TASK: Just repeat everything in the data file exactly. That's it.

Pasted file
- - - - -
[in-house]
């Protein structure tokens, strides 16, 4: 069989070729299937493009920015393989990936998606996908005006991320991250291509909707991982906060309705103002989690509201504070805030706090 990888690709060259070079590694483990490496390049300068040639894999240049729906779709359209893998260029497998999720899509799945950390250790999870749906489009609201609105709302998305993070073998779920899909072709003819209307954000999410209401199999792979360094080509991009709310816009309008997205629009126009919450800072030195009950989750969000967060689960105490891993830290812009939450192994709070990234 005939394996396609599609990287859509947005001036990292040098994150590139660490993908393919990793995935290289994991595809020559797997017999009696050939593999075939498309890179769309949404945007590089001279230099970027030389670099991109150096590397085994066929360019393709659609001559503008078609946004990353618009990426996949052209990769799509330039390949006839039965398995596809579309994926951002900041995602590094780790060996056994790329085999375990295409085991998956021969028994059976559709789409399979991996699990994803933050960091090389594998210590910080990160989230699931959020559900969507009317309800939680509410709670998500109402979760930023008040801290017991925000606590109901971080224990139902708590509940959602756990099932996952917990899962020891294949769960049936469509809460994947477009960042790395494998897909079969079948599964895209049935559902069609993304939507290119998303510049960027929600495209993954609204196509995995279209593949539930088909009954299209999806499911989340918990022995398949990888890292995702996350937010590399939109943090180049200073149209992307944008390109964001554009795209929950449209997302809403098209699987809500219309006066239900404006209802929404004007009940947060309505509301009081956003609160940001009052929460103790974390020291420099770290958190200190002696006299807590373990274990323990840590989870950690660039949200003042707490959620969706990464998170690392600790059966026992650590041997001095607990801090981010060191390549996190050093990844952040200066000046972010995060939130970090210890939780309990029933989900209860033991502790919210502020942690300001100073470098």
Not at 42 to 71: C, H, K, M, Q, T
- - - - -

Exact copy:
[in-house]
């Protein structure tokens, strides 16, 4: 069989070729299937493009920015393989990936998606996908005006991320991250291509909707991982906060309705103002989690509201504070805030706090 990888690709060259070079590694483990490496390049300068040639894999240049729906779709359209893998260029497998999720899509799945950390250790999870749906489009609201609105709302998305993070073998779920899909072709003819209307954000999410209401199999792979360094080509991009709310816009309008997205629009126009919450800072030195009950989750969000967060689960105490891993830290812009939450192994709070990234 005939394996396609599609990287859509947005001036990292040098994150590139660490993908393919990793995935290289994991595809020559797997017999009696050939593999075939498309890179769309949404945007590089001279230099970027030389670099991109150096590397085994066929360019393709659609001559503008078609946004990353618009990426996949052209990769799509330039390949006839039965398995596809579309994926951002900041995602590094780790060996056994790329085999375990295409085991998956021969028994059976559709789409399979991996699990994803933050960091090389594998210590910080990160989230699931959020559900969507009317309800939680509410709670998500109402979760930023008040801290017991925000606590109901971080224990139902708590509940959602756990099932996952917990899962020891294949769960049936469509809460994947477009960042790395494998897909079969079948599964895209049935559902069609993304939507290119998303510049960027929600495209993954609204196509995995279209593949539930088909009954299209999806499911989340918990022995398949990888890292995702996350937010590399939109943090180049200073149209992307944008390109964001554009795209929950449209997302809403098209699987809500219309006066239900404006209802929404004007009940947060309505509301009081956003609160940001009052929460103790974390020291420099770290958190200190002696006299807590373990274990323990840590989870950690660039949200003042707490959620969706990464998170690392600790059966026992650590041997001095607990801090981010060191390549996190050093990844952040200066000046972010995060939130970090210890939780309990029933989900209860033991502790919210502020942690300001100073470098």
Not at 42 to 71: C, H, K, M, Q, T